The Broken American Health Care System
Rapidly Increasing Criminal and Civil Monetary Penalties Against the Pharmaceutical Industry: 1991 to 2010
Sammy Almashat, M.D., M.P.H, Charles Preston, M.D., M.P.H, Timothy Waterman, B.S., Sidney Wolfe, M.D.
Public Citizen’s Health Research
Group EXECUTIVE SUMMARY
The purpose of this study was to compile a comprehensive database of all major criminal and civil settlements between federal and state governments and pharmaceutical companies. Press releases from both federal and state governments, in addition to existing online databases, were used to identify all settlements of at least $1 million during the past 20 years.
Four companies (GlaxoSmithKline, Pfizer, Eli Lilly, and Schering-Plough) accounted for more than half (53 percent or $10.5 billion) of all financial penalties imposed over the past two decades. These leading violators were among the world’s largest pharmaceutical companies.
While the defense industry used to be the biggest defrauder of the federal government under the False Claims Act (FCA), a law enacted in 1863 to prevent defense contractor fraud, the pharmaceutical industry has greatly overtaken the defense industry in recent years. The pharmaceutical industry now tops not only the defense industry, but all other industries in the total amount of fraud payments for actions against the federal government under the False Claims Act.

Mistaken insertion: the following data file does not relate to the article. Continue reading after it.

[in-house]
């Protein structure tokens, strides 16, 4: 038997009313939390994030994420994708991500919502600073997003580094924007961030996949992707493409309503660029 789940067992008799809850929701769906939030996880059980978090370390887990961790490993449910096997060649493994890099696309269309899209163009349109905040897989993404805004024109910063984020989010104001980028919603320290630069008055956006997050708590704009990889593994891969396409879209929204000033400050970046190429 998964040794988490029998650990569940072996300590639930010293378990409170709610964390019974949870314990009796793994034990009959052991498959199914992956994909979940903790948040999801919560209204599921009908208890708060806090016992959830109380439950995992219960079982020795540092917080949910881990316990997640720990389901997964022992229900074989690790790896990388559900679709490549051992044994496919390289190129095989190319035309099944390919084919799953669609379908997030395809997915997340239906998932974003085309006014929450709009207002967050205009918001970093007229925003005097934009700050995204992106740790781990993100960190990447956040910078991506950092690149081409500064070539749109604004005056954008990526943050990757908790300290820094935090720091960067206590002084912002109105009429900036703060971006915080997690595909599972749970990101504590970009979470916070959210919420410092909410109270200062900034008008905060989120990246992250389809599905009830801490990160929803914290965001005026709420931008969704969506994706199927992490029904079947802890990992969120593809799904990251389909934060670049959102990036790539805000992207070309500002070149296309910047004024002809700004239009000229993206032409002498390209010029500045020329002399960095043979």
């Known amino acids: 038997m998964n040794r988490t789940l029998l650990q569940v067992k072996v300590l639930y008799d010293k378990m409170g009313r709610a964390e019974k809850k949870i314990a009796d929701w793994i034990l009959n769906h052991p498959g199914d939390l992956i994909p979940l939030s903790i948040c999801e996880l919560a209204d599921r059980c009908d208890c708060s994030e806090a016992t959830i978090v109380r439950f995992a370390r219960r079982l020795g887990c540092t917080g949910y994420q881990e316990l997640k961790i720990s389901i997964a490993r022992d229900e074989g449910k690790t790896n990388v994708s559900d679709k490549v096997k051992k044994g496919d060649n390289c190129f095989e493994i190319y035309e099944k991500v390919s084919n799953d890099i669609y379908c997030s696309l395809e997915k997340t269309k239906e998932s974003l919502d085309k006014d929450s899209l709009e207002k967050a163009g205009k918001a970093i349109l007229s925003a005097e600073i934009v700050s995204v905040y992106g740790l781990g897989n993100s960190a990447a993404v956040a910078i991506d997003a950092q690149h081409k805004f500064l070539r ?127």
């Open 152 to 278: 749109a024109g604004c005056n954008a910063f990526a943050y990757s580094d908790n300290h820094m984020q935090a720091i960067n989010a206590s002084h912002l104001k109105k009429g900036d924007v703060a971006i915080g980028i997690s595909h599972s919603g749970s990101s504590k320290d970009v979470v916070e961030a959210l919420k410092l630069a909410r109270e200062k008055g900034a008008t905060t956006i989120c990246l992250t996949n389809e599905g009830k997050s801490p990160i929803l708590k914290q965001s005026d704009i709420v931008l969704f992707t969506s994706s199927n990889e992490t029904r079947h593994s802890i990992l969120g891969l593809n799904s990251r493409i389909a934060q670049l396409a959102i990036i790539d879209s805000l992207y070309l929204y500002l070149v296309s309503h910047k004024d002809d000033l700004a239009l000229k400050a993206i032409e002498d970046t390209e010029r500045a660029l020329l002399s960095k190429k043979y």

The practice of illegal off-label promotion of pharmaceuticals has been responsible for the largest amount of financial penalties levied by the federal government over the past 20 years. This practice can be prosecuted as a criminal offense because of the potential for serious adverse health effects in patients from such activities.
Deliberately overcharging state health programs, mainly Medicaid fraud, has been the most common violation against state governments and is responsible for the largest amount of financial penalties levied by these governments. This type of violation is also the main factor in the considerable increase in state settlements with pharmaceutical companies over time.
Former pharmaceutical company employees and other “whistleblowers " have been instrumental in bringing to light the most egregious violations and have been responsible for initiating the largest number of federal settlements over the past 10 years. From 1991 through 2000, qui tam (whistleblower) cases made up only 9 percent of payouts to the government, but from 2001 through 2010, they comprised 67 percent of total payouts.
Over the past two decades, especially during the past 10 years, there has been a marked increase in both the number of government settlements with pharmaceutical companies and the size of the accompanying financial penalties. The reasons for these increases are likely related to a combination of increased violations by companies and increased enforcement on the part of federal and state governments. The danger to public safety and the loss of state and federal dollars that comes with these violations require a more robust response than the government’s current practices. Given the relatively small size of current financial penalties when compared to the perpetrating companies’ profits, both increased financial penalties and appropriate criminal prosecution of company leadership may provide a more effective deterrent to unlawful behavior by the pharmaceutical industry.